Does Your Aging Loved One Need Help?

Does Your Aging Loved One Need Help?

Does Your Aging Loved One Need Help?

In this blog we will discuss the signs you should look for to tell whether your aging parent or loved one needs help. Every situation is unique and caregiving services will vary in type and in frequency. Caregiving can either come from you, the friend or family member, or from licensed caregivers like a certified nursing assistant (CNA) or a home health aide (HHA). The kinds of signs you notice will often indicate what level of caregiving services you need.

Signs that your parent or loved one needs assistance are not always explicitly related to severe health problems. Health may be the underlying factor, but overall physical decline is a common sign of aging and not necessarily a sign that help is needed. However, if you notice that your loved one is having a lot of difficulty with day to day life, then you should consider finding a solution. One of the first signs to look for is a living environment that is becoming increasingly dirty or untidy. Such examples of this include:

  • A house that is excessively cluttered with papers, bills, or garbage
  • A lawn that is not maintained
  • A house that is in a low state of repair
  • A house that smells bad because of spoiled food [1]

These signs usually mean that your loved one is incapable of reversing (or just unaware of) the conditions that are deteriorating the quality of their living spaces. If this is the case, then consider finding someone to help out around the house.

Sometimes health problems will get in the way of your loved one’s ability to perform everyday activities. These signs may not always be extremely serious and could just be a result of aging. For instance, declining physical strength and ability will affect their capacity to do chores around the house. Signs may include:

  • Having a hard time cleaning the house
  • More difficulty with strenuous physical labor like mowing the lawn or house repair
  • Increased effort climbing up and down stairs

Aging also comes with declines in vision, hearing, coordination and/or memory. These deficiencies may mean that normal chores and tasks are no longer being accomplished. These experiences will hinder the efficiency of your loved one’s life and such inefficiencies are observable in how the house looks and especially in your interactions with them.  All of these instances should indicate that your loved one needs to find some assistance performing a variety of everyday tasks if only for a few hours per day or per week.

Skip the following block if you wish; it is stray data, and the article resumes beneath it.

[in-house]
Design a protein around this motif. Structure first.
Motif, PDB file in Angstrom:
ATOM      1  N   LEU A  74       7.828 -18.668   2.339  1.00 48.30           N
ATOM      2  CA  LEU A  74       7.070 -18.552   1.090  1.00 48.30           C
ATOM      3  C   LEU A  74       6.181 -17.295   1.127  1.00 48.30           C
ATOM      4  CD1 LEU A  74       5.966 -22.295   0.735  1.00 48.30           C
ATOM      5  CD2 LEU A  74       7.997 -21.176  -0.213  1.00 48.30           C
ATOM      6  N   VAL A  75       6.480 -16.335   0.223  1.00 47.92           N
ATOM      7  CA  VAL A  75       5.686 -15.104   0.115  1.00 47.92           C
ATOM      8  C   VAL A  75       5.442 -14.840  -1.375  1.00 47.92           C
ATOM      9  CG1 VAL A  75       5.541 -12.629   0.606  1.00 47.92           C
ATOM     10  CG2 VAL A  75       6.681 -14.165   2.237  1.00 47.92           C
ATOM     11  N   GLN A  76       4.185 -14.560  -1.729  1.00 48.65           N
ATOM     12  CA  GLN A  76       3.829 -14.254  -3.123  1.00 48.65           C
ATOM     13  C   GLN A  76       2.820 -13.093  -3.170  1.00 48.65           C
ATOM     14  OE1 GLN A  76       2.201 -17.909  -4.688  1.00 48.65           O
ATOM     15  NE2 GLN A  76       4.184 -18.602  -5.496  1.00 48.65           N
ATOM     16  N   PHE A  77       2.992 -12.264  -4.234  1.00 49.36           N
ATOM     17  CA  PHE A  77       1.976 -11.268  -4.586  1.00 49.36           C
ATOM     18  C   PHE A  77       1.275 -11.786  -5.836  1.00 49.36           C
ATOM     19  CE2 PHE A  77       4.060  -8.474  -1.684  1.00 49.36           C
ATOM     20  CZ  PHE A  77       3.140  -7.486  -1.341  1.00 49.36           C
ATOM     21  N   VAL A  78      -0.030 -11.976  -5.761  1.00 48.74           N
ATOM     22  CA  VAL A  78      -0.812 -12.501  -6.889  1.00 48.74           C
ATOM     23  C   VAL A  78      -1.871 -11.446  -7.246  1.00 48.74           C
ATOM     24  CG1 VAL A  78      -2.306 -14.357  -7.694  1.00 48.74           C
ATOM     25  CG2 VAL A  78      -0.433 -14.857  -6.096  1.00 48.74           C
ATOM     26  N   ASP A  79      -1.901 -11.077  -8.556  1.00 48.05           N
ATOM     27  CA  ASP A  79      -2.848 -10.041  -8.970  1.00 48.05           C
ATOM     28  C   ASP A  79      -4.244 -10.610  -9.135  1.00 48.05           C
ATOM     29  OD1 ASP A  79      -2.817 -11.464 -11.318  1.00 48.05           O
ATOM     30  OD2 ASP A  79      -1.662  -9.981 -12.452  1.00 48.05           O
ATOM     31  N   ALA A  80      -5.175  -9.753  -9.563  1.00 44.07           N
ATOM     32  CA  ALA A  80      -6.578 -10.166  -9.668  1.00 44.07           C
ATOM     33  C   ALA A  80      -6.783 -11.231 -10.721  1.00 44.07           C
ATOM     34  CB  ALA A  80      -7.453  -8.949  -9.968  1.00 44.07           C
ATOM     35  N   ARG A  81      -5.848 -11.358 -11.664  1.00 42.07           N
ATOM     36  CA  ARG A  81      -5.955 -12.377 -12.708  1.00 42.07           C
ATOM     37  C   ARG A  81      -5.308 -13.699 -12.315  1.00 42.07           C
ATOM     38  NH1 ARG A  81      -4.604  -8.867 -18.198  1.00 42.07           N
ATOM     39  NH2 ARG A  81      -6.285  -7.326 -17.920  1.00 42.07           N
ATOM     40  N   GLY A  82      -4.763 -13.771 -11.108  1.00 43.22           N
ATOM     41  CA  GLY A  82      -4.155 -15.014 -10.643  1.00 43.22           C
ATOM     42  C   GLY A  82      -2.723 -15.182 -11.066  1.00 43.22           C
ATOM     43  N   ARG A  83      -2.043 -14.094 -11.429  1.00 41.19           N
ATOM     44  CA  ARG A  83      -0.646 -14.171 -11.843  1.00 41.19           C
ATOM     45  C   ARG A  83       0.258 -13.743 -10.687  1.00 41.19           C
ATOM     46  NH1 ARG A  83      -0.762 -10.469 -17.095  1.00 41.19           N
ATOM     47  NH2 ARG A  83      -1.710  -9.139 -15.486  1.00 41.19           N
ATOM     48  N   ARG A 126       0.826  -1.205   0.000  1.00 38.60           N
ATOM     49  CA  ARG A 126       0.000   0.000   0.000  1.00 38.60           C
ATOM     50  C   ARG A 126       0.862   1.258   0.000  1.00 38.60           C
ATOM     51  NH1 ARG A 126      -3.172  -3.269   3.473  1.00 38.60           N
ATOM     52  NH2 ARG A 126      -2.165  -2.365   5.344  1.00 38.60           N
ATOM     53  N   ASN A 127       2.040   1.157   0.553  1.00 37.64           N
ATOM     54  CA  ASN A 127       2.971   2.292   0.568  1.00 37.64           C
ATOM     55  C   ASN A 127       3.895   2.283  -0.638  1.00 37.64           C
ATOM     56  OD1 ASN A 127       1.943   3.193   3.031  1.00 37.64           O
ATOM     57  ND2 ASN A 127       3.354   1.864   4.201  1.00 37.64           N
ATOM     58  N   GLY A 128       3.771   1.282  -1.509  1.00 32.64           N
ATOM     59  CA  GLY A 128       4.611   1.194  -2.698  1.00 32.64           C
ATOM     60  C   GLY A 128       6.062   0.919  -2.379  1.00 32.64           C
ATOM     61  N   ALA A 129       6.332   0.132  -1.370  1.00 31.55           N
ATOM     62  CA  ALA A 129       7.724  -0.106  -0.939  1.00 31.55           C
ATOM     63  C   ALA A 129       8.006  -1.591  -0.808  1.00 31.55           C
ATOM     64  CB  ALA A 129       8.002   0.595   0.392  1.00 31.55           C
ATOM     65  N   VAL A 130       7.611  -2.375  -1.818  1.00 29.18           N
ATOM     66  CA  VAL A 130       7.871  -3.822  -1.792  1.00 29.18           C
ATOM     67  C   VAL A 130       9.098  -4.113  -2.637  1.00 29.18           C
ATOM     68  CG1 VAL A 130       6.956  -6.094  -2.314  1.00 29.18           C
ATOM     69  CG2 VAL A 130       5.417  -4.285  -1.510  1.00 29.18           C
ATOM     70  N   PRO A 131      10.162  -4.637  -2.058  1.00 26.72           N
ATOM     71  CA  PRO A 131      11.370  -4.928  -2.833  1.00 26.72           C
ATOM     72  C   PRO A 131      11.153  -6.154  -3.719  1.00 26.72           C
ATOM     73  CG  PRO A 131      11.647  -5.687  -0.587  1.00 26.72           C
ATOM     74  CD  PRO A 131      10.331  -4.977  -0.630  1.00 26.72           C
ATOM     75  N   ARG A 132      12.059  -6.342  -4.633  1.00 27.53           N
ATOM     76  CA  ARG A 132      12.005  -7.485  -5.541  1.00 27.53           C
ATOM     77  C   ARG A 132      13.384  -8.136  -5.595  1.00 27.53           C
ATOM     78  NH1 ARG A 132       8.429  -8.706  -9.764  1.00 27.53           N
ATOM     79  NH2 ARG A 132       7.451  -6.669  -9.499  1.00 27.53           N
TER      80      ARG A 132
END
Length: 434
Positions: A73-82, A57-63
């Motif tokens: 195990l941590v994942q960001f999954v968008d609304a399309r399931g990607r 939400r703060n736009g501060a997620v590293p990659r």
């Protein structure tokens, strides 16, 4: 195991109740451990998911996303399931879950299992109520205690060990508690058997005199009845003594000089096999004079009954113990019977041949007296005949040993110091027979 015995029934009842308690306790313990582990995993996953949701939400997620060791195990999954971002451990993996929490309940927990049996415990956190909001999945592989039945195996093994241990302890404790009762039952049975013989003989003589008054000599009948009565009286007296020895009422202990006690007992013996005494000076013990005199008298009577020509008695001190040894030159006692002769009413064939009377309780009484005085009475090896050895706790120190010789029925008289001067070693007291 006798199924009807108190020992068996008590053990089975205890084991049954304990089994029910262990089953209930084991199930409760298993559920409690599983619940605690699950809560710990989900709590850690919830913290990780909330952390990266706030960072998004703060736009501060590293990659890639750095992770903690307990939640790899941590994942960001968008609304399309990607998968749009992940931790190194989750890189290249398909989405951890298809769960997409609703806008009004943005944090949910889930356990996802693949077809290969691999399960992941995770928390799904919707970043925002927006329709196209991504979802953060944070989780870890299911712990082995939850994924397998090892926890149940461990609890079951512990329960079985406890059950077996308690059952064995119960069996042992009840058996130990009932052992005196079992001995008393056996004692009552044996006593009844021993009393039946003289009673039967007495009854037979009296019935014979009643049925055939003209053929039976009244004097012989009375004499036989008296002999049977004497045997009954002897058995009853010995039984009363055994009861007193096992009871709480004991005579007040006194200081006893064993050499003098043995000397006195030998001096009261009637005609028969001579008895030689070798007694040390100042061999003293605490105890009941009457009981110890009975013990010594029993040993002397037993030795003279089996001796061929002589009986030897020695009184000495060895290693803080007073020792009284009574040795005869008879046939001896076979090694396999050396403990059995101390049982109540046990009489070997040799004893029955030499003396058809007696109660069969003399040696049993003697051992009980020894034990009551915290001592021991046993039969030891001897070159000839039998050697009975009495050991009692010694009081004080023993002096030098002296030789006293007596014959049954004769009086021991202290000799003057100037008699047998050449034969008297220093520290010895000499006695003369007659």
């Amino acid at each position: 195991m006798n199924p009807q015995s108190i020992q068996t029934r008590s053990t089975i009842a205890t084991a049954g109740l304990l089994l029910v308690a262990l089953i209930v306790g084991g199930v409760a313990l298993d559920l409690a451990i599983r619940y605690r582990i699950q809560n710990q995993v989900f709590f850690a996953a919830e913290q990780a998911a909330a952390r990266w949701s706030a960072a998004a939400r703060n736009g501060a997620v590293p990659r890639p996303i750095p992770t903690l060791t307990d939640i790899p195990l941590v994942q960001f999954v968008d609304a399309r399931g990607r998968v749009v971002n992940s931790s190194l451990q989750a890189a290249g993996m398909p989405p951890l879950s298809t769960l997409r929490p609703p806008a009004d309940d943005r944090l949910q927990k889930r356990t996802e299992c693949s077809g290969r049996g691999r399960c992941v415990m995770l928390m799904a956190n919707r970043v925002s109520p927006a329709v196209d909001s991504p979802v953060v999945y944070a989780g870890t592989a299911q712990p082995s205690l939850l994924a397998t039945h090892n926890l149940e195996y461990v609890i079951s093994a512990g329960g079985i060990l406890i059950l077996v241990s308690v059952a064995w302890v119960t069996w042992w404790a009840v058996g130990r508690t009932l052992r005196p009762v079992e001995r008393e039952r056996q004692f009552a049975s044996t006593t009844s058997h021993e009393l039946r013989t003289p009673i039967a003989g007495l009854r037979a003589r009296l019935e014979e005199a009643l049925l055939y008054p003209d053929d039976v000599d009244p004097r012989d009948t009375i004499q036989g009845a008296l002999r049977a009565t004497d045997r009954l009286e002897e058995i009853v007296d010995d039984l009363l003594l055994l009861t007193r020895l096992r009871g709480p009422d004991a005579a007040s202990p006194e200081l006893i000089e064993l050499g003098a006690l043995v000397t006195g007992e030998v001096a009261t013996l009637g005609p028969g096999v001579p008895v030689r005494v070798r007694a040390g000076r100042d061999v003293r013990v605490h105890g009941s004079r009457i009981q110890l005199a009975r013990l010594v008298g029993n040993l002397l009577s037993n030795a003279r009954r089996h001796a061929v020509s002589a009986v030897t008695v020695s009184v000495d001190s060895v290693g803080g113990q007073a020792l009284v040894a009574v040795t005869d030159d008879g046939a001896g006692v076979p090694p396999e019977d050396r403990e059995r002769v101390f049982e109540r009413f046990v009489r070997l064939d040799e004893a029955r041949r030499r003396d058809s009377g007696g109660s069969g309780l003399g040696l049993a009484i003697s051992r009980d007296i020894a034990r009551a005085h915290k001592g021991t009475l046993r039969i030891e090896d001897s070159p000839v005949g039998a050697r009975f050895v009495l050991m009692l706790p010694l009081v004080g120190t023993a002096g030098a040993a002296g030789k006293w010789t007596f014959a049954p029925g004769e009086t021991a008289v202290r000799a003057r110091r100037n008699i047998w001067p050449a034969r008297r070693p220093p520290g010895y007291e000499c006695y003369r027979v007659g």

More urgent signs will likely include many of the above examples combined with more severe health problems. You may find that your loved one is:

  • Forgetting things more frequently like important appointments, daily routines, or even who certain people are
  • Experiencing drastic mood changes
  • Completely incapable of caring for themselves hygienically or physically
  • Incontinent, meaning he or she can no longer use the bathroom normally

Serious health problems like a degenerative neurological disorder, broken bones, cancers, and surgical operations will radically alter your loved one’s life. Such problems may have been anticipated like a scheduled medical procedure (e.g. hip replacement) or they may have come unexpectedly and gradually like a degenerative neurological disease. (See ElderCare at Home’s previous blog for signs and symptoms of common neurological disorders.) Such problems should be monitored and evaluated by a medical professional and care should be provided.  These situations will likely call for longer, more sustained forms of caregiving.

You can find caregiving services from a nurse registry or a nursing home. If you choose to purchase services through a nurse registry, like ElderCare at Home, then you are free to schedule assistance however often you need it. A caregiver can come to you for two hours per week or all seven days of the week. Additionally, a nursing home will mean placing your loved one in a Skilled Nursing Care center’s hands for prolonged care. If these options are not within your means and if you are the caregiver, then consider looking into places like the Alzheimer’s Care Resource Center or your local Area Agency on Aging (AAA) which are places that can provide resources for you, as the family caregiver, like individual or group counseling.  Being a family caregiver is not an easy task and you will need all the support you can get.

If you have any questions, feel free to visit Elder Care at Home’s website or call 800-285-0093.

[1] Examples provided in this article were inspired by these links: and